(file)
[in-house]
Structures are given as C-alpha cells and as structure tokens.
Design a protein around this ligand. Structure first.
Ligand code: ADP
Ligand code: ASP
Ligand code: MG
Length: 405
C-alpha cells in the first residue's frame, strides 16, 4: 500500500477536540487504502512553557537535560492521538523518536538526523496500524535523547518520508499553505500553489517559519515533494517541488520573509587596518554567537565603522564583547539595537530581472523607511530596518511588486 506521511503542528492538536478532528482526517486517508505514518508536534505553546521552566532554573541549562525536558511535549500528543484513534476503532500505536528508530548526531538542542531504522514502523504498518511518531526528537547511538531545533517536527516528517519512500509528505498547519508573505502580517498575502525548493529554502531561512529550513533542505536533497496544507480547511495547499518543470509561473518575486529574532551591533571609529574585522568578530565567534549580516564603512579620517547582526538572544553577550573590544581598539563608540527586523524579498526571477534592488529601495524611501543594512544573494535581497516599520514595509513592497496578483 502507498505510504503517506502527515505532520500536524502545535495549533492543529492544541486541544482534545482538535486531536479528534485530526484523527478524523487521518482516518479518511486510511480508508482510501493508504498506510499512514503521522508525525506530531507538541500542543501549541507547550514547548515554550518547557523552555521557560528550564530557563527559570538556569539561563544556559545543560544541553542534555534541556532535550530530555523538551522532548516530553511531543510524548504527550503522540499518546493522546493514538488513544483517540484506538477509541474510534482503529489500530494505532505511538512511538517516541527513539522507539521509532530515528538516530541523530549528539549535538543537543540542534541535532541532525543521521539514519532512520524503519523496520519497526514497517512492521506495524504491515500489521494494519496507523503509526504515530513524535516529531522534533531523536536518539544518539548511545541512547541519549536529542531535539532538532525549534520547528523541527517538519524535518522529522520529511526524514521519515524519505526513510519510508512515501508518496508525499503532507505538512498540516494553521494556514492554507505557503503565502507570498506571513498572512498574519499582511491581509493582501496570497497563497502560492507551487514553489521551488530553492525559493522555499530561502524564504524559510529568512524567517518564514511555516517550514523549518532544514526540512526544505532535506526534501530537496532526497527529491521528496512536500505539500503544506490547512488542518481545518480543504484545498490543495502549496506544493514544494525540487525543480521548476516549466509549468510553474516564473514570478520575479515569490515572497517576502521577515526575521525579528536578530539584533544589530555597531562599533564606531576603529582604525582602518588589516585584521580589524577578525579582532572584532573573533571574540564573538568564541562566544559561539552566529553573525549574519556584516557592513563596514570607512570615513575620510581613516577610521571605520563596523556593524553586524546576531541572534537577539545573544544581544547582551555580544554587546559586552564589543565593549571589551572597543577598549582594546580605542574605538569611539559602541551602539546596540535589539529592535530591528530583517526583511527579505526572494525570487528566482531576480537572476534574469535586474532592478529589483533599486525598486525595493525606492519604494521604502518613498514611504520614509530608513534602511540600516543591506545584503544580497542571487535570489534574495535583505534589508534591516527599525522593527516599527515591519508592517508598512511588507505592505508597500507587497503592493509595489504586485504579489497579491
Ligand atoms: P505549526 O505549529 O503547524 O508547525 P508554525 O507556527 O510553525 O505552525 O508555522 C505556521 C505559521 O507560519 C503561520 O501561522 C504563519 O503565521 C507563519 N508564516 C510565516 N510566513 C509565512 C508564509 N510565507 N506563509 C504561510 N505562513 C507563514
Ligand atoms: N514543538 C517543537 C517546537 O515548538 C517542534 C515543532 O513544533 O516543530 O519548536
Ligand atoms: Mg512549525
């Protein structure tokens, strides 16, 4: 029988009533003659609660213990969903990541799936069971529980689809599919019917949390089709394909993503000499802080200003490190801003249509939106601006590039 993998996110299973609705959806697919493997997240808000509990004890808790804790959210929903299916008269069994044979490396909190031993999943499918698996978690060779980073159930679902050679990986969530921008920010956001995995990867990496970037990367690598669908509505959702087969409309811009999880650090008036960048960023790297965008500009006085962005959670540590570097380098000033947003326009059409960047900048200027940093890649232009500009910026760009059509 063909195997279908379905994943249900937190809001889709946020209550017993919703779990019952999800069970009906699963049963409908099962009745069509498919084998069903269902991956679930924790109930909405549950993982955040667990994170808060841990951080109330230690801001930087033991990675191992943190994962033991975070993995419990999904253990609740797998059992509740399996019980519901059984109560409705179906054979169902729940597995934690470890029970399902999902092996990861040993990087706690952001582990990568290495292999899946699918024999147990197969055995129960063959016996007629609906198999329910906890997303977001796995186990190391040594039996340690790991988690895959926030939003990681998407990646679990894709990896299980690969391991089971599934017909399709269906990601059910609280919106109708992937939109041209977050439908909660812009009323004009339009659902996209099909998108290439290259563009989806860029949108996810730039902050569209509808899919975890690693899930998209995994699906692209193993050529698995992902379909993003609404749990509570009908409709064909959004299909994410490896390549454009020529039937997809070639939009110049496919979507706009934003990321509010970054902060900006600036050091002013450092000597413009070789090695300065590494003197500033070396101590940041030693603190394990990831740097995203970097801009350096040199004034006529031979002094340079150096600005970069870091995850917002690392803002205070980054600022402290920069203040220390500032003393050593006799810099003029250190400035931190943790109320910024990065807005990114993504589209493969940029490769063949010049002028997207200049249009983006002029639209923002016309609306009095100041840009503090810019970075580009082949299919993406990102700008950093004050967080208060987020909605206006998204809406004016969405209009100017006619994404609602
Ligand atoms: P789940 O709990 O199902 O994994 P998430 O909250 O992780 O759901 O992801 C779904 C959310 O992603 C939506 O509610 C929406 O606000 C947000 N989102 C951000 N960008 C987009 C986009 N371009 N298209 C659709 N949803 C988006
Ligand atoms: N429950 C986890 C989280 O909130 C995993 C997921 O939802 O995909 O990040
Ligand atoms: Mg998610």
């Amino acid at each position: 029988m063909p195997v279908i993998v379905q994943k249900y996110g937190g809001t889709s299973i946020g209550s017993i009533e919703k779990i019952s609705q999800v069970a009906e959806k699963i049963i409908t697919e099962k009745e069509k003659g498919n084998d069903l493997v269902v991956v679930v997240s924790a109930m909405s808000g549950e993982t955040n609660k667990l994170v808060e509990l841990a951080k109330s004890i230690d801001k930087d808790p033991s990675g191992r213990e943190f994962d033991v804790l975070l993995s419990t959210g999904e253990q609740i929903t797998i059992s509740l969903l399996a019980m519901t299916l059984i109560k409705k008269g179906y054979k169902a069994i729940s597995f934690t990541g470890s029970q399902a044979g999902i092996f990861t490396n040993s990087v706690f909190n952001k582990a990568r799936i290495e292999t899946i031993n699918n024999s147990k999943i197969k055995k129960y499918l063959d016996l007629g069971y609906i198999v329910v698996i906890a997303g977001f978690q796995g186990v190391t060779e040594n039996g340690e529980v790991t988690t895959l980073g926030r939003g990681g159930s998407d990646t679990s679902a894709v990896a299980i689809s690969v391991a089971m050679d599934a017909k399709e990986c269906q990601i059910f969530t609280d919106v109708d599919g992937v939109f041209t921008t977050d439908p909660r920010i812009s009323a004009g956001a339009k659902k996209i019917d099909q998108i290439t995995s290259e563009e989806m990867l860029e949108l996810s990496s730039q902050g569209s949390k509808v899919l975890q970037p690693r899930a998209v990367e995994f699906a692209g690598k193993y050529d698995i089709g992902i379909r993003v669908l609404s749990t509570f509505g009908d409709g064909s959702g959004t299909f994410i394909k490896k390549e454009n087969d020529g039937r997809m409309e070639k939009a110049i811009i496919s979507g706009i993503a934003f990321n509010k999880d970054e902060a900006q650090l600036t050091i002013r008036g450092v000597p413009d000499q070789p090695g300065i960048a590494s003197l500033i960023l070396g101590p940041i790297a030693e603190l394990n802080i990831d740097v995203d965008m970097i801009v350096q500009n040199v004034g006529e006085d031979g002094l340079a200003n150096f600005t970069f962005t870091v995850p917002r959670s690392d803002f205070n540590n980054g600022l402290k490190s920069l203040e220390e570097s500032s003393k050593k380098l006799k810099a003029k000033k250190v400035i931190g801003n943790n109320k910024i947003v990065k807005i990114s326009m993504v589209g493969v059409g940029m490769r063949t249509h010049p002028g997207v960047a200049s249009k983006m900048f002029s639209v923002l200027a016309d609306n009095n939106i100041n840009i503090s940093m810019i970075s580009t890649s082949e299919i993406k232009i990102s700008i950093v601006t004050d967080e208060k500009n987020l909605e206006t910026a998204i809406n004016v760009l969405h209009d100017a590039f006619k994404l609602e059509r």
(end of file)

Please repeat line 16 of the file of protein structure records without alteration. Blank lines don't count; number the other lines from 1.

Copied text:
């Amino acid at each position: 029988m063909p195997v279908i993998v379905q994943k249900y996110g937190g809001t889709s299973i946020g209550s017993i009533e919703k779990i019952s609705q999800v069970a009906e959806k699963i049963i409908t697919e099962k009745e069509k003659g498919n084998d069903l493997v269902v991956v679930v997240s924790a109930m909405s808000g549950e993982t955040n609660k667990l994170v808060e509990l841990a951080k109330s004890i230690d801001k930087d808790p033991s990675g191992r213990e943190f994962d033991v804790l975070l993995s419990t959210g999904e253990q609740i929903t797998i059992s509740l969903l399996a019980m519901t299916l059984i109560k409705k008269g179906y054979k169902a069994i729940s597995f934690t990541g470890s029970q399902a044979g999902i092996f990861t490396n040993s990087v706690f909190n952001k582990a990568r799936i290495e292999t899946i031993n699918n024999s147990k999943i197969k055995k129960y499918l063959d016996l007629g069971y609906i198999v329910v698996i906890a997303g977001f978690q796995g186990v190391t060779e040594n039996g340690e529980v790991t988690t895959l980073g926030r939003g990681g159930s998407d990646t679990s679902a894709v990896a299980i689809s690969v391991a089971m050679d599934a017909k399709e990986c269906q990601i059910f969530t609280d919106v109708d599919g992937v939109f041209t921008t977050d439908p909660r920010i812009s009323a004009g956001a339009k659902k996209i019917d099909q998108i290439t995995s290259e563009e989806m990867l860029e949108l996810s990496s730039q902050g569209s949390k509808v899919l975890q970037p690693r899930a998209v990367e995994f699906a692209g690598k193993y050529d698995i089709g992902i379909r993003v669908l609404s749990t509570f509505g009908d409709g064909s959702g959004t299909f994410i394909k490896k390549e454009n087969d020529g039937r997809m409309e070639k939009a110049i811009i496919s979507g706009i993503a934003f990321n509010k999880d970054e902060a900006q650090l600036t050091i002013r008036g450092v000597p413009d000499q070789p090695g300065i960048a590494s003197l500033i960023l070396g101590p940041i790297a030693e603190l394990n802080i990831d740097v995203d965008m970097i801009v350096q500009n040199v004034g006529e006085d031979g002094l340079a200003n150096f600005t970069f962005t870091v995850p917002r959670s690392d803002f205070n540590n980054g600022l402290k490190s920069l203040e220390e570097s500032s003393k050593k380098l006799k810099a003029k000033k250190v400035i931190g801003n943790n109320k910024i947003v990065k807005i990114s326009m993504v589209g493969v059409g940029m490769r063949t249509h010049p002028g997207v960047a200049s249009k983006m900048f002029s639209v923002l200027a016309d609306n009095n939106i100041n840009i503090s940093m810019i970075s580009t890649s082949e299919i993406k232009i990102s700008i950093v601006t004050d967080e208060k500009n987020l909605e206006t910026a998204i809406n004016v760009l969405h209009d100017a590039f006619k994404l609602e059509r």